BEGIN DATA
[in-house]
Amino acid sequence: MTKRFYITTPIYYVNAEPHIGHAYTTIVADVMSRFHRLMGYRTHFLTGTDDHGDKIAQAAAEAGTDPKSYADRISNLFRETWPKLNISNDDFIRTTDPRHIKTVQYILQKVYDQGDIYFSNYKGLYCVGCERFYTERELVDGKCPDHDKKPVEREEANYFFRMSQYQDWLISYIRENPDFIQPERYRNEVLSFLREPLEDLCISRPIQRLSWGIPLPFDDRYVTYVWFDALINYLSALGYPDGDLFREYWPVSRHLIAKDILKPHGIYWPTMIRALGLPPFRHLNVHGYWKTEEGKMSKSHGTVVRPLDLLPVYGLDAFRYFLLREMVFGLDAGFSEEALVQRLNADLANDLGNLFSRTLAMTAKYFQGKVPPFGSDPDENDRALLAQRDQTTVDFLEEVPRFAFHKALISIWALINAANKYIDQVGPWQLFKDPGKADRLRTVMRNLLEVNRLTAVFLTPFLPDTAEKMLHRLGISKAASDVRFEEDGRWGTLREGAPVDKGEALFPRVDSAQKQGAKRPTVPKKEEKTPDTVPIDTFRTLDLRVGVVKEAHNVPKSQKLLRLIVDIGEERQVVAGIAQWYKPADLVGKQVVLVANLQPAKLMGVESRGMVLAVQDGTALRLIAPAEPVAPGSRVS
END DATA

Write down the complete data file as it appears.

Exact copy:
[in-house]
Amino acid sequence: MTKRFYITTPIYYVNAEPHIGHAYTTIVADVMSRFHRLMGYRTHFLTGTDDHGDKIAQAAAEAGTDPKSYADRISNLFRETWPKLNISNDDFIRTTDPRHIKTVQYILQKVYDQGDIYFSNYKGLYCVGCERFYTERELVDGKCPDHDKKPVEREEANYFFRMSQYQDWLISYIRENPDFIQPERYRNEVLSFLREPLEDLCISRPIQRLSWGIPLPFDDRYVTYVWFDALINYLSALGYPDGDLFREYWPVSRHLIAKDILKPHGIYWPTMIRALGLPPFRHLNVHGYWKTEEGKMSKSHGTVVRPLDLLPVYGLDAFRYFLLREMVFGLDAGFSEEALVQRLNADLANDLGNLFSRTLAMTAKYFQGKVPPFGSDPDENDRALLAQRDQTTVDFLEEVPRFAFHKALISIWALINAANKYIDQVGPWQLFKDPGKADRLRTVMRNLLEVNRLTAVFLTPFLPDTAEKMLHRLGISKAASDVRFEEDGRWGTLREGAPVDKGEALFPRVDSAQKQGAKRPTVPKKEEKTPDTVPIDTFRTLDLRVGVVKEAHNVPKSQKLLRLIVDIGEERQVVAGIAQWYKPADLVGKQVVLVANLQPAKLMGVESRGMVLAVQDGTALRLIAPAEPVAPGSRVS